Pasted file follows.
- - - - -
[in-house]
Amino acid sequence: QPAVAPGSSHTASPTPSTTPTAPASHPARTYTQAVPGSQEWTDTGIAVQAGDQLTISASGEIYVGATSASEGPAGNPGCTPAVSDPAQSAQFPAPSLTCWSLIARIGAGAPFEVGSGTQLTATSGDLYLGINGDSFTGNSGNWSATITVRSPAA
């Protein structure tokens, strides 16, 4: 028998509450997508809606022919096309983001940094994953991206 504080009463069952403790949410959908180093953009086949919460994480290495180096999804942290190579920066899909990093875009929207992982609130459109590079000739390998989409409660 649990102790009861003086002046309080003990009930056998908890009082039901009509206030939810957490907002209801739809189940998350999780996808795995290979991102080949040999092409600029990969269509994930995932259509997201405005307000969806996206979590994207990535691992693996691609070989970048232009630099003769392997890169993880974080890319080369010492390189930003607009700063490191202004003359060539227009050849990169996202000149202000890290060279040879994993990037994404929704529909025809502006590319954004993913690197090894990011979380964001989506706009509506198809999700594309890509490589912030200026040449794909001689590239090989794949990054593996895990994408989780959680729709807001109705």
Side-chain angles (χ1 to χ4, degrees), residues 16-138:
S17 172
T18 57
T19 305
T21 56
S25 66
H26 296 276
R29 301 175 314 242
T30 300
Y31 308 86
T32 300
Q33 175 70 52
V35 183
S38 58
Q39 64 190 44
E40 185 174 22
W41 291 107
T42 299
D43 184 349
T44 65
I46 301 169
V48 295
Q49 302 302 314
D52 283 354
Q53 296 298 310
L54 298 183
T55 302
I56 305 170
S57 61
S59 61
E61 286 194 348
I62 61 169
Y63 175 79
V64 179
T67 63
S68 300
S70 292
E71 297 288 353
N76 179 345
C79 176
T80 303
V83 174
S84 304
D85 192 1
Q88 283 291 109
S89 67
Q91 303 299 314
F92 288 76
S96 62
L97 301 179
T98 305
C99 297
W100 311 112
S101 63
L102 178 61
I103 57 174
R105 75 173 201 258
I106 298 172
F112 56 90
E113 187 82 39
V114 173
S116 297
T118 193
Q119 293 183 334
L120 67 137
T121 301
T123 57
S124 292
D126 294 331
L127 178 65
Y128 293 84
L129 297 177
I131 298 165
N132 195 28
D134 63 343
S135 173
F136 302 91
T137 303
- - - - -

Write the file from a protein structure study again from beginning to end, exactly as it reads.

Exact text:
[in-house]
Amino acid sequence: QPAVAPGSSHTASPTPSTTPTAPASHPARTYTQAVPGSQEWTDTGIAVQAGDQLTISASGEIYVGATSASEGPAGNPGCTPAVSDPAQSAQFPAPSLTCWSLIARIGAGAPFEVGSGTQLTATSGDLYLGINGDSFTGNSGNWSATITVRSPAA
């Protein structure tokens, strides 16, 4: 028998509450997508809606022919096309983001940094994953991206 504080009463069952403790949410959908180093953009086949919460994480290495180096999804942290190579920066899909990093875009929207992982609130459109590079000739390998989409409660 649990102790009861003086002046309080003990009930056998908890009082039901009509206030939810957490907002209801739809189940998350999780996808795995290979991102080949040999092409600029990969269509994930995932259509997201405005307000969806996206979590994207990535691992693996691609070989970048232009630099003769392997890169993880974080890319080369010492390189930003607009700063490191202004003359060539227009050849990169996202000149202000890290060279040879994993990037994404929704529909025809502006590319954004993913690197090894990011979380964001989506706009509506198809999700594309890509490589912030200026040449794909001689590239090989794949990054593996895990994408989780959680729709807001109705």
Side-chain angles (χ1 to χ4, degrees), residues 16-138:
S17 172
T18 57
T19 305
T21 56
S25 66
H26 296 276
R29 301 175 314 242
T30 300
Y31 308 86
T32 300
Q33 175 70 52
V35 183
S38 58
Q39 64 190 44
E40 185 174 22
W41 291 107
T42 299
D43 184 349
T44 65
I46 301 169
V48 295
Q49 302 302 314
D52 283 354
Q53 296 298 310
L54 298 183
T55 302
I56 305 170
S57 61
S59 61
E61 286 194 348
I62 61 169
Y63 175 79
V64 179
T67 63
S68 300
S70 292
E71 297 288 353
N76 179 345
C79 176
T80 303
V83 174
S84 304
D85 192 1
Q88 283 291 109
S89 67
Q91 303 299 314
F92 288 76
S96 62
L97 301 179
T98 305
C99 297
W100 311 112
S101 63
L102 178 61
I103 57 174
R105 75 173 201 258
I106 298 172
F112 56 90
E113 187 82 39
V114 173
S116 297
T118 193
Q119 293 183 334
L120 67 137
T121 301
T123 57
S124 292
D126 294 331
L127 178 65
Y128 293 84
L129 297 177
I131 298 165
N132 195 28
D134 63 343
S135 173
F136 302 91
T137 303